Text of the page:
Now that we’ve set up the views and whatnot, it’s time to make the damn server work. This is probably the part that is the most difficult, in my opinion, as it’s the difference between a project being an idea on your laptop and being something that’s live and in the world.
After you read this, it may help to watch this presentation by Jacob Kaplan-Moss, one of the original creators of Django and an all-around coding badass. It explains deployment much better than I could, and while it’s super duper technical, it does go through some of what we’re doing here. It can’t hurt to learn more, right?
What’s nginx and uWSGI, you ask? Nginx is, if you remember from my analogy in Step One, akin to the bartender getting you a beer. UWSGI would be more like if the bartender had to understand German in order to find the right beer. It acts sort of as a translator between your app and the server software.
Now, use your terminal and public key and ssh in to your instance. We will now get and install nginx and uWSGI. Do each line one at a time.
cd /opt/ wget http://projects.unbit.it/downloads/uwsgi-0.9.6.4.tar.gz wget http://nginx.org/download/nginx-0.8.51.tar.gz tar -xzf nginx-0.8.51.tar.gz tar -xzf uwsgi-0.9.6.4.tar.gz
Woohoo. We have downloaded stuff. Aren’t we fancy? (Yes.) Now you need to compile and install uWSGI and nginx. It may look scary, but don’t worry. Enter each line one at a time, as per usual:
cd uwsgi-0.9.6.4 make cp uwsgi /usr/sbin
Not that hard, right? Now this bit’s a little harder. But don’t worry, you can just copy and paste stuff and it’ll all work out:
cd ../nginx-0.8.51/ touch /opt/run/nginx.pid touch /opt/lock/nginx.lock touch /opt/log/nginx/error.log
Now copy these lines and paste them into the terminal then hit enter:
./configure --conf-path=/etc/nginx/nginx.conf --error-log-path=/opt/log/nginx/error.log --pid-path=/opt/run/nginx.pid --lock-path=/opt/lock/nginx.lock --sbin-path=/usr/sbin\ --without-http-cache
make make install
What did we just do? We told nginx where to look for its configuration file, we told it where to put its log file, and a bunch of other wonderfulness. Next we need to do some more fun configuration.
SETTING UP UWSGI
Go into your project directory, which should be at /opt/django-projects/firetracker/ and then we will make a few files:
mkdir uwsgi touch uwsgi/__init__.py touch uwsgi/wsgi_app.py
This is where Mr. Bowers would have you edit code in the terminal. But guess what? That always screws me up. So we’re just going to use FTP to edit that wsgi_app.py file. Go to the /opt/django-projects/firetracker/uwsgi/ directory and open the wsgi_app.py file using whatever FTP thing I told you to use (or whatever you’re using), and then paste this inside:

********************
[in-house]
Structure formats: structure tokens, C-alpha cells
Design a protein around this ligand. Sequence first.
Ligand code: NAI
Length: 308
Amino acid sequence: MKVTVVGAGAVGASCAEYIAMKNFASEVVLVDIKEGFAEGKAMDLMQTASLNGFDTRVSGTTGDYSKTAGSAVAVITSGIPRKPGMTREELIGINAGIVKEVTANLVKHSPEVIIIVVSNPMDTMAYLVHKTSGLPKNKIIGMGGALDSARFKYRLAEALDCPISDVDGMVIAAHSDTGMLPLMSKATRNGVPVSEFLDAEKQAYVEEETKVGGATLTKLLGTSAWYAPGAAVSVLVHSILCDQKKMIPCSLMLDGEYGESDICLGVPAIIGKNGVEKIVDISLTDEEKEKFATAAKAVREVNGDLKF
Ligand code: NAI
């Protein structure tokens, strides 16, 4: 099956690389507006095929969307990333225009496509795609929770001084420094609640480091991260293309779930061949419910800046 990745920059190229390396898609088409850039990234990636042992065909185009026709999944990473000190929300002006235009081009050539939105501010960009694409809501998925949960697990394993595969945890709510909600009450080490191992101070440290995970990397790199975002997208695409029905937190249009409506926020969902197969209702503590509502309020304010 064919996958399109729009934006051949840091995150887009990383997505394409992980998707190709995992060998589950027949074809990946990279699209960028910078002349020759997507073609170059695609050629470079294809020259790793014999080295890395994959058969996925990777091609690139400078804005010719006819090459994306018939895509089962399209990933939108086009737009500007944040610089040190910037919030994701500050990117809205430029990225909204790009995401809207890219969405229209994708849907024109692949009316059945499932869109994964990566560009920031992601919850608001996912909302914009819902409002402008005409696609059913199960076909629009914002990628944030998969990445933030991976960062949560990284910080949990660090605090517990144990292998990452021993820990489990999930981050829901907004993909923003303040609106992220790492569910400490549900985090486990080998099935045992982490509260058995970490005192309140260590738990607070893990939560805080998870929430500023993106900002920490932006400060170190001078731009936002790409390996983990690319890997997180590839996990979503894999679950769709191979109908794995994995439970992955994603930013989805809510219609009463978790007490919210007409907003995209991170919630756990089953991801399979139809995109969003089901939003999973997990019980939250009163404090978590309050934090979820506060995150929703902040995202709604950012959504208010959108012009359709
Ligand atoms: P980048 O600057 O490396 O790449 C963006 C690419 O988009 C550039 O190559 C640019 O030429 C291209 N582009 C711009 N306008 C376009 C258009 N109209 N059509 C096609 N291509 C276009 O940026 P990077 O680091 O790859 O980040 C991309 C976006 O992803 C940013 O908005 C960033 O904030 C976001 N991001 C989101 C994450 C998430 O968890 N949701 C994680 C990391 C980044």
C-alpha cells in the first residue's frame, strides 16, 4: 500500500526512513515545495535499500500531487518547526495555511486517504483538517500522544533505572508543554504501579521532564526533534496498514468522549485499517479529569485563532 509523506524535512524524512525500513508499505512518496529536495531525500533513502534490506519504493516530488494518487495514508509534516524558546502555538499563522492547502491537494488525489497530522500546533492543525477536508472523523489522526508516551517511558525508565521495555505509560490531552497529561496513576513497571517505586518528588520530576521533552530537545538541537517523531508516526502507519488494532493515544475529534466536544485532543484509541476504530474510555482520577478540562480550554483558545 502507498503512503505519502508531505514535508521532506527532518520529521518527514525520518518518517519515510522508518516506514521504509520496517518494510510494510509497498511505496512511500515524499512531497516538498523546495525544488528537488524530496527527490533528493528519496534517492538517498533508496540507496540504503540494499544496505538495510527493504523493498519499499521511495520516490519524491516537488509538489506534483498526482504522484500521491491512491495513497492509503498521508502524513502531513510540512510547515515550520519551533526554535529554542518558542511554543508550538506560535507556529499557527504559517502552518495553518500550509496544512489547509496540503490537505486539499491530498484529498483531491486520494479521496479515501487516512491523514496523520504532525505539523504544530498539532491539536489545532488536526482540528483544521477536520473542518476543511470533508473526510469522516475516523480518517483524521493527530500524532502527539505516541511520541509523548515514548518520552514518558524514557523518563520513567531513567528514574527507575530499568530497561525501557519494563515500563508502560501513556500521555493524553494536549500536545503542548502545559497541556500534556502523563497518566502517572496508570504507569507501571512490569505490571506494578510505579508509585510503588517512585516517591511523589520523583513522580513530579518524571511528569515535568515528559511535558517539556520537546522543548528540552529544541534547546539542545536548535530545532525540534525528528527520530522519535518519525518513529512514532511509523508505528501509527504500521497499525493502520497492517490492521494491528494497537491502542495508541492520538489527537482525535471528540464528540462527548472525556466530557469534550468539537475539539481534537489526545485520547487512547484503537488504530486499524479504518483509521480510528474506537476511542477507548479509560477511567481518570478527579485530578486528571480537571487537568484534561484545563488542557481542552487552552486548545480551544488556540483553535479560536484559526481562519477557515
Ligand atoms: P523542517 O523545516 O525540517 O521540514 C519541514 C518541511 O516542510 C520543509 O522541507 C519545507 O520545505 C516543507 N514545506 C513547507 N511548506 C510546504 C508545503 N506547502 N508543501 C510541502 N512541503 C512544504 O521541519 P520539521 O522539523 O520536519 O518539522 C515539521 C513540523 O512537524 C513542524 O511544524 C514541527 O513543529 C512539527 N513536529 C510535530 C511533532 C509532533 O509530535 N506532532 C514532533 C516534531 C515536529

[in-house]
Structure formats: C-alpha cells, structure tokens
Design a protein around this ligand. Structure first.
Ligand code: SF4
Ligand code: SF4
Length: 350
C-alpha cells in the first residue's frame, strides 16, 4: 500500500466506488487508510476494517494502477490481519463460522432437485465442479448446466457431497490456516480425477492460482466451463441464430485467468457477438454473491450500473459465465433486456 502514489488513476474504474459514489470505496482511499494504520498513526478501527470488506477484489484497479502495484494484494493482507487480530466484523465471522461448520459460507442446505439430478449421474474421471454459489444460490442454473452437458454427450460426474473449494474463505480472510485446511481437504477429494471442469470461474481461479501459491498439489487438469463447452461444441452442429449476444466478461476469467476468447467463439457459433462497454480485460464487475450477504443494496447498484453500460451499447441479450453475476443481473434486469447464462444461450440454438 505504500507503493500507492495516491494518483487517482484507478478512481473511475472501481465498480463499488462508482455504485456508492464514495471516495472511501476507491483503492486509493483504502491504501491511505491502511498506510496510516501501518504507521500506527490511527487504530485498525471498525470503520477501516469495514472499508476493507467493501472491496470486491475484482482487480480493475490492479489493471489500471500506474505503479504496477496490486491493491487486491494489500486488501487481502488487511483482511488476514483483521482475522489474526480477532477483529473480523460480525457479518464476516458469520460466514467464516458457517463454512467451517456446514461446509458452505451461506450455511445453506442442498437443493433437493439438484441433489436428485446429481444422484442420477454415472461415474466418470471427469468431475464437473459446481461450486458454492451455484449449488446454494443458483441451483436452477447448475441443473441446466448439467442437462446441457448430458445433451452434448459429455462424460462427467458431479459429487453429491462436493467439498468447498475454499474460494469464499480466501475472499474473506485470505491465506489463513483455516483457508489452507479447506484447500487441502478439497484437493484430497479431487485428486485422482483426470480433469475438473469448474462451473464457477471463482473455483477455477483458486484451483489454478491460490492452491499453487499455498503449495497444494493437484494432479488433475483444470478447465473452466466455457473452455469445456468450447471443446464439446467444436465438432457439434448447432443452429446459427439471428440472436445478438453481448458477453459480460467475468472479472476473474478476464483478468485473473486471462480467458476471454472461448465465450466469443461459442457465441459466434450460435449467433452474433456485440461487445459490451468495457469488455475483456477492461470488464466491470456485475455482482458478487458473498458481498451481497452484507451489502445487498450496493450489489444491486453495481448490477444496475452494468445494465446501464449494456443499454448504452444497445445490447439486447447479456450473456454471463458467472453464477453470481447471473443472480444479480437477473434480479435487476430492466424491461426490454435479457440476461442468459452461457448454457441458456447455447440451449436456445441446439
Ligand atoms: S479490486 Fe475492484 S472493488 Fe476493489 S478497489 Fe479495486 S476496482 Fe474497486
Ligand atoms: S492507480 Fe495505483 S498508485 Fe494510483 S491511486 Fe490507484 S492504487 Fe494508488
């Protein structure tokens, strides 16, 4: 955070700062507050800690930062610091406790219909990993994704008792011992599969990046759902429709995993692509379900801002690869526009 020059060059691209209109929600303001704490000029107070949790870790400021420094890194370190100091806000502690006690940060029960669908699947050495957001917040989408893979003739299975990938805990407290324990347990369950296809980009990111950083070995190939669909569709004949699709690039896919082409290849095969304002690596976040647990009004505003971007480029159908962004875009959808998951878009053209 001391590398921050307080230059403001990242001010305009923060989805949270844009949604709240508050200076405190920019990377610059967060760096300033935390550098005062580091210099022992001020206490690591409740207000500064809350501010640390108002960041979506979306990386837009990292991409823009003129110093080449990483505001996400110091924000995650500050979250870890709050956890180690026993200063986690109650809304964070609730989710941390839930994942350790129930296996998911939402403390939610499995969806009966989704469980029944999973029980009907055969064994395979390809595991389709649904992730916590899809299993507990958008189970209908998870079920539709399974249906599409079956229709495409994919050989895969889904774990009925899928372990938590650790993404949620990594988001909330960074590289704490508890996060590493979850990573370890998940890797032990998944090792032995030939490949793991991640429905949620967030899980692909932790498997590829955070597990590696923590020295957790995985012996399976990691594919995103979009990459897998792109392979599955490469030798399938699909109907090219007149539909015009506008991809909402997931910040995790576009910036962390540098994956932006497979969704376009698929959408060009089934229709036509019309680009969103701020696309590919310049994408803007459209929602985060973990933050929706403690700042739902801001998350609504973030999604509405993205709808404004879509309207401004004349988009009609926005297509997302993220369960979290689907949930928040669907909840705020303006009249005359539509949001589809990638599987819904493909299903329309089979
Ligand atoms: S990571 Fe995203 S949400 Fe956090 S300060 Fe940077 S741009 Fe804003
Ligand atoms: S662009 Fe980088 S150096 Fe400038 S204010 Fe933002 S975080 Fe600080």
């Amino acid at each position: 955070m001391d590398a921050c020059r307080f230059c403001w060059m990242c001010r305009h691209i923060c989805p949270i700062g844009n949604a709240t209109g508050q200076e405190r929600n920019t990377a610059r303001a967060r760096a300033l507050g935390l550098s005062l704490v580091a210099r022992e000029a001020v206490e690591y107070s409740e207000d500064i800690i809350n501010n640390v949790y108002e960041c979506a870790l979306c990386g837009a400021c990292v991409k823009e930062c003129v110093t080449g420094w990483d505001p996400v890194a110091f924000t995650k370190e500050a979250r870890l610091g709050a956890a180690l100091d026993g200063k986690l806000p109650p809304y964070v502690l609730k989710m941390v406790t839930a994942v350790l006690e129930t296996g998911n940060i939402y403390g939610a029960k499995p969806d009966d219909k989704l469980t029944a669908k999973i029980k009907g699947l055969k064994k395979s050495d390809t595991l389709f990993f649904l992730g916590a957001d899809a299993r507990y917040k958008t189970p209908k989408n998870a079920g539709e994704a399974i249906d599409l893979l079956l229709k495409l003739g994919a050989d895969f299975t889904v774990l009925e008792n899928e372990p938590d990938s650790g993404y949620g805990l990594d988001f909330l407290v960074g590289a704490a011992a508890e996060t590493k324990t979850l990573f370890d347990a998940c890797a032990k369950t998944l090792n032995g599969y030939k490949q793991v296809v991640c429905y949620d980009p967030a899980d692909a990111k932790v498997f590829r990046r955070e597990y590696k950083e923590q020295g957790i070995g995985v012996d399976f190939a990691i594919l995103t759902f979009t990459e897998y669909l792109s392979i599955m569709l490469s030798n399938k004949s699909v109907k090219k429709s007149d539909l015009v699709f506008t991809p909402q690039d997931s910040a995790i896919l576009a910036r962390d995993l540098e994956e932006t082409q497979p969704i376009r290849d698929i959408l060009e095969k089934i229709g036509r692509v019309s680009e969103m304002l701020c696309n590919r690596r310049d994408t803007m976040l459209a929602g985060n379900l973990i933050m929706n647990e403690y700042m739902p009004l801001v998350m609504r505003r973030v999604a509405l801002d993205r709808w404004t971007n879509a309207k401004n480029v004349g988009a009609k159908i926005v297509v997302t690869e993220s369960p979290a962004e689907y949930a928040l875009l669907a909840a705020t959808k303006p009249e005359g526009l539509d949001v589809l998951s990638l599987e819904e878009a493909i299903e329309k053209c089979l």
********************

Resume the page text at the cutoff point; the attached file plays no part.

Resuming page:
#! /usr/bin/env python import sys, os, django.core.handlers.wsgi sys.path.append('/opt/django-projects/') os.environ['DJANGO_SETTINGS_MODULE'] = 'firetracker.settings' application = django.core.handlers.wsgi.WSGIHandler()
Save that bad boy. Now we’re going to make a configuration file for this project that’ll help you control uWSGI. Do this:
cd /etc/init/ touch firetracker.conf
This file will allow you to quickly restart your app, using a simple command like “sudo service firetracker restart.” You’ll need to do that in the future if you ever change a view, model or admin file. So it’s good to have a shortcut. Now open up the file at /etc/init/firetracker.conf and throw this information inside:
description "uWSGI server for ProjectFiretracker" start on runlevel stop on runlevel [!2345] respawn exec /usr/sbin/uwsgi --socket /opt/run/firetracker.sock --chmod-socket --module wsgi_app --pythonpath /opt/django-projects/firetracker/uwsgi -p 8
Jeremy’s post explains more about what this means. But hey, this is just meant to get you started. You can learn more about how the hell this all works later. Next thing you need to do is run this command to let the server know it has a new toy:
sudo initctl reload-configuration
And then do this to start your uWSGI instance:
sudo service firetracker start
You can also replace start with stop, or restart, and it’ll do what you think it should do. Just remember that any change you make to most of the core Django files, you’ll need to restart firetracker by ‘sudo service firetracker restart’ so it pops in the changes. Also remember that this needs to be running as well as nginx or else nothing will show up. Speaking of which, let’s set that up.
SETTING UP NGINX
NOTE: Some pals have had errors with the nginx.conf later described in this tutorial. If you do, e-mail me at my website address at the email service Google happens to use.
The last thing we need to do is edit our nginx configuration file so it can talk to the uWSGI instance you just created. Using FTP, open up this file /etc/nginx/nginx.conf. Copy and paste this code inside and then save:
The only bit you should really notice is the the line that starts with server_name. After that you need to put your long EC2 name, which you can find in your AWS administrative panel on your EC2 page. Click on your running instance and then in the bottom window that pops up, look for “Public DNS.” This should look like ec2-123-123-123-123.compute-1.amazonaws.com or something. Copy that and paste it into the area after server name. And then take the numbers in the 123-123-123-123 — which is your IP address — and paste them after the instance public DNS (with a space in between).
Now run this:
sudo service nginx start
And voila! You have uWSGI and nginx running, listening on port 80. You won’t need to “sudo service nginx restart” unless you change something in the .conf file, which you won’t need to do unless you add another project in the future. Don’t worry about that for now.
Go to 126.96.36.199/firetracker/ It should spit out some basic information. But nothing will load because you have no data entered! We will do that in the next post. Now let’s move on to Step Eight, which sets up the admin.